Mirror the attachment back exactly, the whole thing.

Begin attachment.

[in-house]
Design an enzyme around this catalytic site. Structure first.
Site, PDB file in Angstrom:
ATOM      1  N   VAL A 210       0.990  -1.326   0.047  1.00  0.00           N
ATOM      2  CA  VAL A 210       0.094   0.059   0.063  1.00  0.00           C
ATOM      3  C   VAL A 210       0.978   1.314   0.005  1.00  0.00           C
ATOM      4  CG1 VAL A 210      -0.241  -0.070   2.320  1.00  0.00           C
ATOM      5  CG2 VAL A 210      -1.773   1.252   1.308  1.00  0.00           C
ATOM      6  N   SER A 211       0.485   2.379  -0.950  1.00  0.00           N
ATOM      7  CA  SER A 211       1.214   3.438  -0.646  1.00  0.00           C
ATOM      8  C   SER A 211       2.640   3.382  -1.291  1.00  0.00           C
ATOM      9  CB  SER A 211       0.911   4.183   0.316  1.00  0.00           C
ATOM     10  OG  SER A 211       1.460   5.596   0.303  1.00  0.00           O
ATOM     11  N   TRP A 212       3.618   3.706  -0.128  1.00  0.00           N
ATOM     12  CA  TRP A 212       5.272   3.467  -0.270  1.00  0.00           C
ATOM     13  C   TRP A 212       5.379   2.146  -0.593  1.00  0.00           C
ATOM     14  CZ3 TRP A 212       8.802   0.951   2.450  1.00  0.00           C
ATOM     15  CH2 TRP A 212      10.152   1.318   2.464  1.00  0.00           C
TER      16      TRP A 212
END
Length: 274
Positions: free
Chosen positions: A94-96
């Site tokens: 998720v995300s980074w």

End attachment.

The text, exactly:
[in-house]
Design an enzyme around this catalytic site. Structure first.
Site, PDB file in Angstrom:
ATOM      1  N   VAL A 210       0.990  -1.326   0.047  1.00  0.00           N
ATOM      2  CA  VAL A 210       0.094   0.059   0.063  1.00  0.00           C
ATOM      3  C   VAL A 210       0.978   1.314   0.005  1.00  0.00           C
ATOM      4  CG1 VAL A 210      -0.241  -0.070   2.320  1.00  0.00           C
ATOM      5  CG2 VAL A 210      -1.773   1.252   1.308  1.00  0.00           C
ATOM      6  N   SER A 211       0.485   2.379  -0.950  1.00  0.00           N
ATOM      7  CA  SER A 211       1.214   3.438  -0.646  1.00  0.00           C
ATOM      8  C   SER A 211       2.640   3.382  -1.291  1.00  0.00           C
ATOM      9  CB  SER A 211       0.911   4.183   0.316  1.00  0.00           C
ATOM     10  OG  SER A 211       1.460   5.596   0.303  1.00  0.00           O
ATOM     11  N   TRP A 212       3.618   3.706  -0.128  1.00  0.00           N
ATOM     12  CA  TRP A 212       5.272   3.467  -0.270  1.00  0.00           C
ATOM     13  C   TRP A 212       5.379   2.146  -0.593  1.00  0.00           C
ATOM     14  CZ3 TRP A 212       8.802   0.951   2.450  1.00  0.00           C
ATOM     15  CH2 TRP A 212      10.152   1.318   2.464  1.00  0.00           C
TER      16      TRP A 212
END
Length: 274
Positions: free
Chosen positions: A94-96
């Site tokens: 998720v995300s980074w």